(Date:4/19/2016)... , UAE, April 20, 2016 ... implemented as a compact web-based "all-in-one" system solution for ... biometric fingerprint reader or the door interface with integration ... modern access control systems. The minimal dimensions of the ... readers into the building installations offer considerable freedom of ...
(Date:4/13/2016)... -- IMPOWER physicians supporting Medicaid patients in Central ... in telehealth thanks to a new partnership with higi. ... patients can routinely track key health measurements, such as ... when they opt in, share them with IMPOWER clinicians ... retail location at no cost. By leveraging this data, ...
(Date:3/23/2016)... 2016 Einzigartige ... und Stimmerkennung mit Passwörtern     ... MESG ), ein führender Anbieter digitaler Kommunikationsdienste, ... SpeechPro zusammenarbeitet, um erstmals dessen Biometrietechnologie einzusetzen. ... Möglichkeit angeboten, im Rahmen mobiler Apps neben ...
Breaking Biology News(10 mins):
(Date:6/23/2016)... , June 23, 2016 /PRNewswire/ - FACIT has ... Ontario biotechnology company, Propellon Therapeutics Inc. ... and commercialization of a portfolio of first-in-class WDR5 ... targets such as WDR5 represent an exciting class ... in precision medicine for cancer patients. Substantial advances ...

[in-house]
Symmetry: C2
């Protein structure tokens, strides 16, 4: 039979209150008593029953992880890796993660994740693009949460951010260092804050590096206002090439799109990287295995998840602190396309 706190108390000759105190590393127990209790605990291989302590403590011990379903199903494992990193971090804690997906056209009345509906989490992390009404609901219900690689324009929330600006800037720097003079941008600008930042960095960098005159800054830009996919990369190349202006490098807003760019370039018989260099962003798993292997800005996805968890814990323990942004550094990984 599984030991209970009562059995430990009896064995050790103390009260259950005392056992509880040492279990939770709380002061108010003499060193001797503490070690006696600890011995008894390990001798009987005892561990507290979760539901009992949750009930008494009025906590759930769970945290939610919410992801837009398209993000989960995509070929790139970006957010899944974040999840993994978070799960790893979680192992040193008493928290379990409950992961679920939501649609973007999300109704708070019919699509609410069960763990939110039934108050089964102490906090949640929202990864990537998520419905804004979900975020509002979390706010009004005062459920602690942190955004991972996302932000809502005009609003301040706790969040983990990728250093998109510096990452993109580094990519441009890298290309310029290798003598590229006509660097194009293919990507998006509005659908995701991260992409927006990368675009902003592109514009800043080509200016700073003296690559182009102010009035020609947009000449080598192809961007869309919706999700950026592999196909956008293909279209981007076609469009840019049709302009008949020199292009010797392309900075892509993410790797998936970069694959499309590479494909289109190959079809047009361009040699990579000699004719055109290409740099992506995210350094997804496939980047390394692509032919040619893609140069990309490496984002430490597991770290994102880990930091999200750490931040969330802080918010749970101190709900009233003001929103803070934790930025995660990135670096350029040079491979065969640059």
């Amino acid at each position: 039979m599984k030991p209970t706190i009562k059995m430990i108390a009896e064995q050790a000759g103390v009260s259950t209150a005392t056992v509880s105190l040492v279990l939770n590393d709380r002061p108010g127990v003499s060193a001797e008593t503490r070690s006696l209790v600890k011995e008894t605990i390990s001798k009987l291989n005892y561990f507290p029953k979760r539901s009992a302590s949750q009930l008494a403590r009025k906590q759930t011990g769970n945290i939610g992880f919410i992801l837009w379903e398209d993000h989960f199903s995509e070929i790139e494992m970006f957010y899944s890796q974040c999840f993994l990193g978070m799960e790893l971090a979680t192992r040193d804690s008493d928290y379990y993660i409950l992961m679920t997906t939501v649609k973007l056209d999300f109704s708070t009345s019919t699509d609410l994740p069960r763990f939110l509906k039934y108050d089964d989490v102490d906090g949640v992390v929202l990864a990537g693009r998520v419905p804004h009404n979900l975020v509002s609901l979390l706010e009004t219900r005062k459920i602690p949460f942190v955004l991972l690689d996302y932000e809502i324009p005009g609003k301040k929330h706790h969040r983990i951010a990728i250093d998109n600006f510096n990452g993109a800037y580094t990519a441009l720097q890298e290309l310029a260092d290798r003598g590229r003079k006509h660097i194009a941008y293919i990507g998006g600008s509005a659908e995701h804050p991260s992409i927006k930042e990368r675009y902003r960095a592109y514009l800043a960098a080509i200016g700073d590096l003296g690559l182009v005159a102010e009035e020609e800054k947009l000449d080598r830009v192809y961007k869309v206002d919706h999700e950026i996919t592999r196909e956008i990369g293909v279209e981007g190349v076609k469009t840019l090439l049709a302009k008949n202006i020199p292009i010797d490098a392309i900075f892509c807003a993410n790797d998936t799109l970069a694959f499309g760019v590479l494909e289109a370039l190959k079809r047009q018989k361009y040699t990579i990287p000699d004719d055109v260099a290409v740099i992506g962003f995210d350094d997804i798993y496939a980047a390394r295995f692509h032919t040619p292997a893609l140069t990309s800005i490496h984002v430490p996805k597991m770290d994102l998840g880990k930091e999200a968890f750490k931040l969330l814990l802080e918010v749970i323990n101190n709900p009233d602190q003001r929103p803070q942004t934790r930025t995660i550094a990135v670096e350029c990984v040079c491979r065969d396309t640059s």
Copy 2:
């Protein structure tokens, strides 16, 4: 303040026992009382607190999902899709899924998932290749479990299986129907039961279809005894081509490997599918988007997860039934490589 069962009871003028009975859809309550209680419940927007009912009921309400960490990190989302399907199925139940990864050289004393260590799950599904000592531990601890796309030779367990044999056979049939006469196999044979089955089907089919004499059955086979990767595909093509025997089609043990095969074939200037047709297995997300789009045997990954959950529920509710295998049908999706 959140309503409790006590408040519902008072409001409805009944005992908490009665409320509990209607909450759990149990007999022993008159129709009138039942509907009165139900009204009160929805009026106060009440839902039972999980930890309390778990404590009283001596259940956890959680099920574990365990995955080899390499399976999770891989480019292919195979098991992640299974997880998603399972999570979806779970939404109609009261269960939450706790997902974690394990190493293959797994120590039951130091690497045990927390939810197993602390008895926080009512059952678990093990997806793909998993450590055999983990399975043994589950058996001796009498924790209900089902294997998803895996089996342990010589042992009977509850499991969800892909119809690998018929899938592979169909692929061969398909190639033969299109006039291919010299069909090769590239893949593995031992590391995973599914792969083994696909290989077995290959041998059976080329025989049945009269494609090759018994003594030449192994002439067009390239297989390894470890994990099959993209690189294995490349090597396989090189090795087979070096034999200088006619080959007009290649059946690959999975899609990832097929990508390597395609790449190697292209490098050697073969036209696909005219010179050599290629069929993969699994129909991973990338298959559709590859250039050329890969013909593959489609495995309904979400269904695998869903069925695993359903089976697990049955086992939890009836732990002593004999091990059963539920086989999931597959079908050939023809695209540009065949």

(Date:6/23/2016)... , June 23, 2016  The Prostate Cancer Foundation (PCF) is ... treatments and faster cures for prostate cancer. Members of the Class of 2016 ... countries. Read More About the Class of 2016 PCF ... ... ...
(Date:6/23/2016)... (PRWEB) , ... June 23, 2016 , ... STACS DNA ... Technical Leader at the Arkansas State Crime Laboratory, has joined STACS DNA as a ... STACS DNA team,” said Jocelyn Tremblay, President and COO of STACS DNA. “In further ...
(Date:6/23/2016)... June 23, 2016 ... 2016;12(1):22-8 http://doi.org/10.17925/OHR.2016.12.01.22 Published recently ... peer-reviewed journal from touchONCOLOGY, Andrew D Zelenetz ... of cancer care is placing an increasing burden ... expensive biologic therapies. With the patents on many ...
Breaking Biology Technology: